As others have said, it is too focussed on coding. I don’t feel coding itself is the issue, but they’ve got SQL, HTML, CSS, JavaScript, Haggis and whatever HLL they use. In other subjects they get formula sheets, but in CS all has to be committed to memory.
    How often do we actually do that in practice? I can’t guarantee that I could do all of the above under exam conditions. When we write code, we look at and edit previous examples and correct errors by testing. Reading code in the exam is different. I have no issues in asking them to read a query in SQL, for example, and then to state what the output would be – even to be able to state what changes could be made to give a different output.
    Given that a lot of schools don’t have a dedicated BGE CS course, the SQA should be taking this into account and not trying to make life as difficult as possible for our students. Our ‘old’ BGE course allowed our pupils to experience various aspects of CS and its applications. It was fun and attracted folk into it who wanted to learn about the creative side, from graphics manipulation to 3D modelling. Now, our S3 has become a feed for N5 and our numbers are decreasing.

    Enrico Vanni

    I am going to hark back to a meeting held in the SQA’s Glasgow offices in February 2017 when their Subject Implementation Manager for Computing Science proclaimed to a packed room what a wonderful opportunity the government mandated changes to National 5 and Higher Assessment were to strip piles of content from the CS courses and replace them immediately with content that would align the courses with the forthcoming (and still at the time in draft format) Benchmarks of the BGE. We told him and everyone who was prepared to listen at the time that what he thought were good intentions were at best naïve and at worst totally hubristic. We even put it in a letter to the Cabinet Secretary for Education and Skills.

    The consequences were obvious – the BGE wasn’t finalised and even when it was it would take ten years for it to be fully embedded in the education of every child entering into the National 5 CS course assuming (a)the draft they had worked to went to finality unchanged and (b) every primary and secondary school implemented it in full from day one.

    We are now two years on and even assuming the best case it would be another eight before pupils were properly prepared to enter our course. The problem is of course we are not even close to the path of the best case – the Digital Literacy Benchmarks were not tied down until much later and because of resourcing and staff training implications leading to a political decision to ease-up on the need to implement them fully most schools are currently paying little more than lip-service to them.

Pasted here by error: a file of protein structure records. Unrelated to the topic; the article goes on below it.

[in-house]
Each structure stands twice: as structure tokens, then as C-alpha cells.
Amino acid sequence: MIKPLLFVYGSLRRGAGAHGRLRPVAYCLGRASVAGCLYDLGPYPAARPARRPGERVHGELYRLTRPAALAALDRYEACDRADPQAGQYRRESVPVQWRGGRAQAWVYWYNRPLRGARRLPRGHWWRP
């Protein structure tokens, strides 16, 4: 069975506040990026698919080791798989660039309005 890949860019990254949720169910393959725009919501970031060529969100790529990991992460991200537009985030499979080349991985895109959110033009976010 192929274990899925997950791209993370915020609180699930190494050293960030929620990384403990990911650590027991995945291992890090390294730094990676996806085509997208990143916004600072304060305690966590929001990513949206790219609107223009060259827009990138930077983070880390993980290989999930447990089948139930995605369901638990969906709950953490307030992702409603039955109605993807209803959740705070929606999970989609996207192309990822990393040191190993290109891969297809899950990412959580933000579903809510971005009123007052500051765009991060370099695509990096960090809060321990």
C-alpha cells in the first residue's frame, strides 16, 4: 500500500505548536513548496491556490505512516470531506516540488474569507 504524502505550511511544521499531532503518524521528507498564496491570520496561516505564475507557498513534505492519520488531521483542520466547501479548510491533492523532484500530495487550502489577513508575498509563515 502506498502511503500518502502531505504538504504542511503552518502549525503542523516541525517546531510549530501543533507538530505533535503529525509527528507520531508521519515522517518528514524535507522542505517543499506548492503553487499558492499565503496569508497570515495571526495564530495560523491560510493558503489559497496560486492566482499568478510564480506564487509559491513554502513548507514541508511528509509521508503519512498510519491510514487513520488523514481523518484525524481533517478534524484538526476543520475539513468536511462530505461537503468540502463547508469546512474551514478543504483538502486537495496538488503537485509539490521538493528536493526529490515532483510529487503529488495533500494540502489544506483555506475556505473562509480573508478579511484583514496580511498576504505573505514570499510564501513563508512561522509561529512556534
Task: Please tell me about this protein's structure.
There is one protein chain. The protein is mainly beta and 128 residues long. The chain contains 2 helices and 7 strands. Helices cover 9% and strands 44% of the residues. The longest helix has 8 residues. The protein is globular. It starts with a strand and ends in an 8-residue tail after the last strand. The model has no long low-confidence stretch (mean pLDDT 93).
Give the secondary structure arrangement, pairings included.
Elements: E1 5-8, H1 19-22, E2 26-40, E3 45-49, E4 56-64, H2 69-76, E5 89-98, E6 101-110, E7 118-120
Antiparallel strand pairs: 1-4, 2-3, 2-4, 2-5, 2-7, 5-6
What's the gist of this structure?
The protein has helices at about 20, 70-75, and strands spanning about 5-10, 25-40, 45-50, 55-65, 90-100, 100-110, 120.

So Computing Science is screwed as a subject until someone admits jumping the gun was a bad idea and (a) re-aligns N4/N5/H/AH Computing more closely with the reality of BGE implementation, and (b) accepts that the course is flawed because the rationale by which it was constructed was not sound – it was a rush job, it lacks variety in terms of skills (assessing the same skill ie. coding several different ways repeatedly using several different languages does not constitute variety) and the evidence shows it is being marked too prescriptively because students are being assessed under artificial constraints, measured on how well they follow a set of instructions and how close their answers align to one or two peoples’ interpretation of the solution, failing to take into account that programming is a creative process that can result in many correct solutions.

    Which leads me to another point. It is still very apparent from the marking instructions for this years’ N5 and Higher Assessments (and this has been a problem with Computing Science Nationals since their inception) that students are still being penalised for not ‘doing it the way they were expected to’ by the person writing those marking instructions even though it wasn’t expressly stated in the question it had to be done that way. I have said before that we should not be assessing mind-reading skills, and it grates on me as a professional and former practitioner to intentionally teach bad practice, or train students to always follow orders unquestioningly even if it leads them to doing something they know is wrong, as it seems from this year’s N5 Practical exam we were supposed to.

    Two years ago I took a lot of stick for predicting it would happen. I take no satisfaction whatsoever that it did, because it is our students and potential students who have paid the price.

    PS. The point that Chris has made that there is inequality across subjects is wholly valid and is something that needs addressing, but it would not address the issue of the misalignment our subject has between BGE and Senior Phase and the practical problems that causes, and expecting every school to eventually fall into line with the better conditions some enjoy as a result of some hoped-for political pressure just isn’t going to happen. I have been at both extremes – in a school that supported CS with both staff and resources (monetary and time-wise) and another where the head teacher saw no value in the subject and starved it to the point the department shut down. It is easy to become complacent and be more forgiving of issues when you are in cushioned from them in one of the ‘good’ schools.